Season 6, Episode 1: The Doorway brought back all of our favorite characters, up to their usual tricks, during the holiday season of 1967. Honestly, I was always a bit scared for the show to move out of the pseudo "perfection" of the late 50s and into the cultural turmoil of the mid-to-late 60s. But mostly what truly worried me was the fashion turmoil. Of course, taking one look at the style evolution of either Harry Crane or Joan proved my suspicions to be correct. Though one character has calmed my nerves about the fashions of the time period, and her name is Megan Calvet Draper.
In this episode alone, Megan rocked an amazing bikini, 3 punchy printed beach coverups, an ahhmazing sunhat, round sunglasses, and that was just in Hawaii! Being back in NYC brought her into a fabulous leopard fur coat with an epic hat to match, effortlessly glam New Years Eve sportswear, and her very own fondue pot from Bloomingdale's...She is a soap opera star now, so aside from being a rich advertising executive's wife, she could further up the ante with her wardrobe in a way that would make Destiny's Child "throw their hands up at her." If you can forget the fact that Don hiring her for that national commercial is what enabled her star to rise. And let's not forget that while Don keeps pretty classic when it comes to the east coast, whenever he's on vacation, he loosens up...just a bit.
In the world of Henry and Betty Francis, they seemed to have taken an orphaned teenager, and her violin, under their wing. This new character, Sandy, seems to have made an impact on nearly every member of the Francis clan... from Bobby's obsession over how her instrument case looks like a coffin, to the suspicion that she may be a future love interest of Sally, or possibly the distant fantasies of Henry or maybe even Betty (in probably one of the most disturbing scenes of the episode, we get a dark glimpse into Betty's ability to talk dirty). Though, I think Betty's opinions about this child show a level of maturity and nurturing in her character that make me think she's reached the age where she truly should have become a mother, versus the neglectful, selfish, wine guzzling, dry-cleaner bag days of her past.
Peggy is back and better than ever...ish. She has truly been able to thrive after escaping from the offices of SCDP, and from under Don's shadow, and she seems to be able to manage crises with confidence and New York chutzpah. Her new boss, the ubiquitous Ted Chaough, seems to trust and respect her in a way that Don never really would or could. It has to be said that I don't get the feeling things are very hot and heavy with her live-in boyfriend, but her listless late-night calls to Rizzo back in the old creative studio make me hold out a certain hope that she is still on the path toward professional and romantic happiness.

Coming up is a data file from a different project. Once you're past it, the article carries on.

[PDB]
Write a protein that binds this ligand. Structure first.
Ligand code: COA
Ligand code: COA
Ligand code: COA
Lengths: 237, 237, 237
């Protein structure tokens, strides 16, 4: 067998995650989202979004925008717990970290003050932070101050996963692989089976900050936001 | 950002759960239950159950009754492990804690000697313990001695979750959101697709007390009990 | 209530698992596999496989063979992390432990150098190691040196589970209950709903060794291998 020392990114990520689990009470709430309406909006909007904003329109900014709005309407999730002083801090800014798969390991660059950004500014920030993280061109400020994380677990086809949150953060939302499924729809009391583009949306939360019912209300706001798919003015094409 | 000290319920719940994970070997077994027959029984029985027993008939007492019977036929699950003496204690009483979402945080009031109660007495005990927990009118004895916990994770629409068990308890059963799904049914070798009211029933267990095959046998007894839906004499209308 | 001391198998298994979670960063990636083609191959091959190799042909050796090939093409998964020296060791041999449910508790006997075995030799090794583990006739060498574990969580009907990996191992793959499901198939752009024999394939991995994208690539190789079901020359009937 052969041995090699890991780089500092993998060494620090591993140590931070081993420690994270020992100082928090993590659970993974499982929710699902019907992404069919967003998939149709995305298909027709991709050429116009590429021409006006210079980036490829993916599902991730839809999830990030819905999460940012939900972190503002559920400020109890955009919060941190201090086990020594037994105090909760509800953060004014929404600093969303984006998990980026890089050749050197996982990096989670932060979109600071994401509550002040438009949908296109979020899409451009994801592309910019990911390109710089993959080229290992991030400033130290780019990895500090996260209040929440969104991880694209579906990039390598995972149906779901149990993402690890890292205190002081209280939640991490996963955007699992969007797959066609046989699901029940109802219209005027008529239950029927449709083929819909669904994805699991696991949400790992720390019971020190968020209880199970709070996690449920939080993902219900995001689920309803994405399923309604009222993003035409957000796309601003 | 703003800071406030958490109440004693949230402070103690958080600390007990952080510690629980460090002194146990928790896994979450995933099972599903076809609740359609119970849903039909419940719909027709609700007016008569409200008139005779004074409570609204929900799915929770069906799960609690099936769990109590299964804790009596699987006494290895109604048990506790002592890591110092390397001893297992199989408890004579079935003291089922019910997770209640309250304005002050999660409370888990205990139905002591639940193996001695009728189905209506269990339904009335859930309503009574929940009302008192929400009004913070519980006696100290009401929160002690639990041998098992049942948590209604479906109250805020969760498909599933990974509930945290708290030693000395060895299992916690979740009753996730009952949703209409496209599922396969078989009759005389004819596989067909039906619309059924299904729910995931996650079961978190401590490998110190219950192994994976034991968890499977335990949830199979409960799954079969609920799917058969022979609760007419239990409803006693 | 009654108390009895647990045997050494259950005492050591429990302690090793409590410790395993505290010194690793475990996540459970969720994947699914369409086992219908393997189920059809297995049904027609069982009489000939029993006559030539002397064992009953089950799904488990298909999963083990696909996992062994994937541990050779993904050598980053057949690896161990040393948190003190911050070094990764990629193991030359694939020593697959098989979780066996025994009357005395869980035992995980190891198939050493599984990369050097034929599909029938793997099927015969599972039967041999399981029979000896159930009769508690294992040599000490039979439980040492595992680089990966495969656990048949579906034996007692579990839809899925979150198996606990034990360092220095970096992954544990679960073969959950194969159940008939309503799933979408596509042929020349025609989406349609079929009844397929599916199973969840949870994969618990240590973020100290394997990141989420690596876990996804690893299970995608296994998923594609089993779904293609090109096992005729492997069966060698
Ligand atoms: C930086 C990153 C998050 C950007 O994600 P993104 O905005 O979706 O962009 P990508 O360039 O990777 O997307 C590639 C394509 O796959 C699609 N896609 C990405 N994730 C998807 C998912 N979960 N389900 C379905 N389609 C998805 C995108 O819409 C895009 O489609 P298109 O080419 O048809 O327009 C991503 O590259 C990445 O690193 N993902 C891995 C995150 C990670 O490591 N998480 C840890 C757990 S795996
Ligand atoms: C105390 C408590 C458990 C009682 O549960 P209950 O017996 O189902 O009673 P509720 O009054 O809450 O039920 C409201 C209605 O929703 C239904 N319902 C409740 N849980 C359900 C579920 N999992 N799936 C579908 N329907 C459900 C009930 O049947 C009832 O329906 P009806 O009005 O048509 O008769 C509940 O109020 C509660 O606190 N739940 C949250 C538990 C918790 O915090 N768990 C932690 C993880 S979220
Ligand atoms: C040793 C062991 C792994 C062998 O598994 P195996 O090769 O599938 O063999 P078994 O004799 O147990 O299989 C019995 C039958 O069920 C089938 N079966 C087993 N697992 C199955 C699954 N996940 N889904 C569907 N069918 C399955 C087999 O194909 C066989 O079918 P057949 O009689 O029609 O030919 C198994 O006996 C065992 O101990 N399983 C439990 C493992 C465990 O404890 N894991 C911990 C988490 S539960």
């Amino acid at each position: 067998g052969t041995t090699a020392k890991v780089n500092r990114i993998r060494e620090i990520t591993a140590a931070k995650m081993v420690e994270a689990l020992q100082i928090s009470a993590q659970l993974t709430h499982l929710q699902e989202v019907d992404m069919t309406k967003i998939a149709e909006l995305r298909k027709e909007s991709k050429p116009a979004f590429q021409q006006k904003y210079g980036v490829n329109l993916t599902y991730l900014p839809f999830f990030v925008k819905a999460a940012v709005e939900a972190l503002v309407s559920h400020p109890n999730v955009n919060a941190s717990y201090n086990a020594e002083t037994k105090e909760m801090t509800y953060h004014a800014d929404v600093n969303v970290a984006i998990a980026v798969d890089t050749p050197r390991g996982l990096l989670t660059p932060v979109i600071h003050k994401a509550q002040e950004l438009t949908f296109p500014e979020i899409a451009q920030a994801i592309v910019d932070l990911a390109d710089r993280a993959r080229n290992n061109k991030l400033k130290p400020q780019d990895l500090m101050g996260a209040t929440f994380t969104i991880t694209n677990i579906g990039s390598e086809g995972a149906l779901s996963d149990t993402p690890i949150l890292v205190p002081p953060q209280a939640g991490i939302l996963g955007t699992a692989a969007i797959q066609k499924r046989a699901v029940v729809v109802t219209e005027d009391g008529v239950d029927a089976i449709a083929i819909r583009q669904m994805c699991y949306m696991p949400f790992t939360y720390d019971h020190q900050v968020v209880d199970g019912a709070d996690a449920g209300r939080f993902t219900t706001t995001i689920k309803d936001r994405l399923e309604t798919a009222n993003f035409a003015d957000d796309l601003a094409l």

Now, catching up and fashion assessments aside, this episode set a tone for season six that leads us all to believe it's the beginning of the end for many of our characters. The opening sequence puts us in the point of view of someone who is being resuscitated after a heart attack. We then immediately transition to Don on the beach reading Dante's Inferno. Roger also must confront the idea of his own mortality when his 91-year-old mother passes away, though his constant need to use his humor as a defense mechanism remains undisturbed for the most part. Until his ex-wife brings her new boyfriend (husband?) causing Roger to lose it and cry out "This is MY FUNERAL!" Interesting... It should also be noted that Don, struggling with his own fears and uncertainty about death, vomited into an umbrella stand during the wake and all hell truly broke loose. Inferno, indeed. When Roger's shoeshine man mysteriously passes away a few days later, it all proves to be too much and we, the audience, see him in the middle of an emotional breakdown that only the likes of Joan has witnessed.
When Sandy, Betty's teenage friend, ran away to New York City, presumably to a shanty town in The Village with no running water where dirty hippies make goulash in a dirty pot using a dirty hunk of snow, Betty had no choice but to follow her there and intervene to make sure no one would end up contracting dysentery. But when one of them confronts her, and calls her hair "bottled", she heads home without Sandy in toe, as a brunette! Jaw, please meet the floor as Bobby tells her she's ugly and he hates her in the sensitive way that only an eleven-year-old boy could muster. Poor Betty. It always seemed like the less she knew about life, the happier she could allow herself to be. But all that's gone now that she's more self-aware than ever.
I'm sure I'm missing a few important elements of the episode, like the fact that the young whipper-snappers we met in the early parts of the series, like Ken Cosgrove or Peggy, now have a sort of high-and-mighty opinion about the new crop of young bloods in their respective offices. Ken gives the new account man with his uncomfortable amount of caffeinated enthusiasm and inappropriate bestowal of a deli spread at Roger's mother's funeral, a spectacular tell-off. And Peggy rips a few new "you-know-what's" on some young and lazy creatives regurgitating 3 versions of the same tired idea.
In the final pitch of the episode, Don reflects on his vacation to Hawaii in a proposed campaign with visuals that seem a bit more akin to a suicide at sea than a tropical vacation. He relates the Royal Hawaiian hotel to paradise, and to heaven, by saying "to get to heaven, something terrible has to happen to you first." All in all, the episode featured 2 deaths, a heart attack, a disappearing teenage runaway and more than a few unanswered questions, as creator Matthew Weiner sets the stage for season 6.